Apple's primary criterion for launching a lower-end iPhone is an innovative, category-killer experience, said Mike Abramsky, an analyst with RBC Capital Markets.
A second iPhone would make sense if Apple is in fact expanding availability to CDMA carriers, namely Sprint-Nextel.
Craig Berger, an analyst with FBR Capital Markets, believes Apple will build least 30 million iPhones in Q4, with 23 million of those being the iPhone 5. Similarly, BMO Capital's Keith Bachman raised his iPhone production estimate to 20.4 million from a prior 19.5 million, but writes that the company may ship as many as 22 million units.
AT&T and Verizon are current carriers of the iPhone 4, but Bloomberg's Olga Kharif writes that Sprint-Nextel (S) will begin selling Apple's new iPhone next month on an unlimited data plan. The unlimited data offering, according to Kharif, is meant to give Sprint an edge over the capped data plans of AT&T and Verizon.
Mike Walkley, managing director and senior equity analyst at Canaccord Genuity, concurs with Kharif's estimation.
We believe Sprint[-Nextel] will receive the new iPhone at launch and heavily promote it given the carrier's unlimited data plan, Walkley said.
AT&T and Verizon currently charge for data service on top of voice-service plans. AT&T, which has unlimited voice service for $69.99 a month, offers 200 megabytes of data for $15 a month, 2 gigabytes of data for $25 a month, or 4 gigabytes of data for $45 a month. Verizon's data plans for the iPhone start at $30 a month for 2 gigabytes and rise to $80 for 10 gigabytes, in addition to unlimited voice service for $69.99 a month.
T-Mobile will reportedly refrain from joining the iPhone 5 party. According to CNET, T-Mobile's chief marketing officer Cole Brodman told employees that the carrier would not carry the iPhone 5.
It is still unknown as to whether or not Apple will include 4G capabilities on the iPhone 5.
JP Morgan's Mark Moskowitz believes the iPhone 5 will be a world phone with both GSM and CDMA cellular support, but unfortunately, will not support 4G LTE (Long Term Evolution).
The first generation of LTE chipsets forced a lot of design compromises with the handset, and some of those we are just not willing to make, said Apple's COO Peter Oppenheimer, speaking at the company's April 2011 earnings call.
Scott Sutherland from Wedbush Securities believes Apple will release a brand-new iPhone and an iPhone targeting emerging markets in October, but he says consumers can expect an LTE iPhone in with a materially improved user interface in 2012, without explaining any further.
If 4G is included, however, expect the iPhone to be physically larger. 4G requires a large amount of battery power and Apple has always been careful about battery life.
We continue to pick up indication that [iPhone 5] will not likely incorporate 4G LTE due to battery life issues and spotty network coverage, Wu said. And ironically, if anyone is in a position to fix these weaknesses, it would be Apple.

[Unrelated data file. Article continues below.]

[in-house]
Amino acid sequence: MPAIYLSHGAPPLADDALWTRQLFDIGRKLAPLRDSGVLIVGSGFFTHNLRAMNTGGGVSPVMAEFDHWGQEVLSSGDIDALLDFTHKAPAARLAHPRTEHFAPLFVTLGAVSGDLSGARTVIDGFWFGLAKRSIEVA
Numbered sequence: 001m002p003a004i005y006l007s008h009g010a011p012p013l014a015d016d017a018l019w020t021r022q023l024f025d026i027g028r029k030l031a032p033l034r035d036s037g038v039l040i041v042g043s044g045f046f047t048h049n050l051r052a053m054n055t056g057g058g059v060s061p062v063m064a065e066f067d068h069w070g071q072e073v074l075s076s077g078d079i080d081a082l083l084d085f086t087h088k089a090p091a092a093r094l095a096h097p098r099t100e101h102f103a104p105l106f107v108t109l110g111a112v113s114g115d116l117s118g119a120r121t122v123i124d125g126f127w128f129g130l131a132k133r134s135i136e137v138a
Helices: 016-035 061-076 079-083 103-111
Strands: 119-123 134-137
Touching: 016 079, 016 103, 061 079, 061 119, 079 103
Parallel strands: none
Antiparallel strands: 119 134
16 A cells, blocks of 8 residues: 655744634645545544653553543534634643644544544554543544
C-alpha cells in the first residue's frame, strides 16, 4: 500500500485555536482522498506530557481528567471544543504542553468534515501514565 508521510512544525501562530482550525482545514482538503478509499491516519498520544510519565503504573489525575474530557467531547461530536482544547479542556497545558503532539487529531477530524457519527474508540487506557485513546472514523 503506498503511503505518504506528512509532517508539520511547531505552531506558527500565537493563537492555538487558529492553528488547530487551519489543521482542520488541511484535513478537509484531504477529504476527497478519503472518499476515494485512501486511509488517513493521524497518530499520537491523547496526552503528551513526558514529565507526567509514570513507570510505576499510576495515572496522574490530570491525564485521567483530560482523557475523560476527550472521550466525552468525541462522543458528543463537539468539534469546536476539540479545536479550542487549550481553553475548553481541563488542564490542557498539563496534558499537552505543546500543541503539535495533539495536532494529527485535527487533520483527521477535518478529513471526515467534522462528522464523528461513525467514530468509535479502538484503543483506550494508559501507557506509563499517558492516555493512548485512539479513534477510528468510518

Wayne Lam, a senior analyst at iSuppli, concludes a 4G iPhone would face two significant hurdles: size, and price.
The iPhone's minuscule printed circuit board (PCB) will have to grow in size in order to support the first-generation LTE baseband processor as well as all the supporting chipset, Lam said.
While many people do want 4G on the iPhone, we will have to wait until the meeting to see whether or not Apple has included it.
Apple acquired a voiced-based personal assistant service Siri in June 2010 and has not used it much at all, at least that we know of. According to sources from 9to5Mac, Apple may be integrating this service on the new iPhone to create a powerful new voice-activated personal assistant, not-so-cleverly dubbed Assistant.
It's a simple idea, but a big one. The user holds the home button, and once the microphone interface slides up from the bottom in a clever animation, users simply ask their iPhone for information, or tell it what to do. Users can ask to find directions, set reminders, send texts and e-mails, and even answer math questions, thanks to integration with Wolfram Alpha's knowledge engine.
The Assistant feature will also reportedly let users find their friends using a new application that shares the locations of other iOS device users in real-time. In this way, you could ask Where's Matt? and your iPhone could tell you, as long as Matt uses the service.
Whether Apple's Oct. 4 announcement is a slight upgrade or a major overhaul, Sprint is going to become a carrier, and the new phone indeed features a bigger screen, a better battery, an improved camera, a faster processor and Assistant, is all unclear. Apple could release all of these features or none of them. One thing is certain, however: all will finally be revealed when Apple CEO Tim Cook takes the stage in Cupertino on Tuesday, Oct. 4, at 10 a.m. PDT.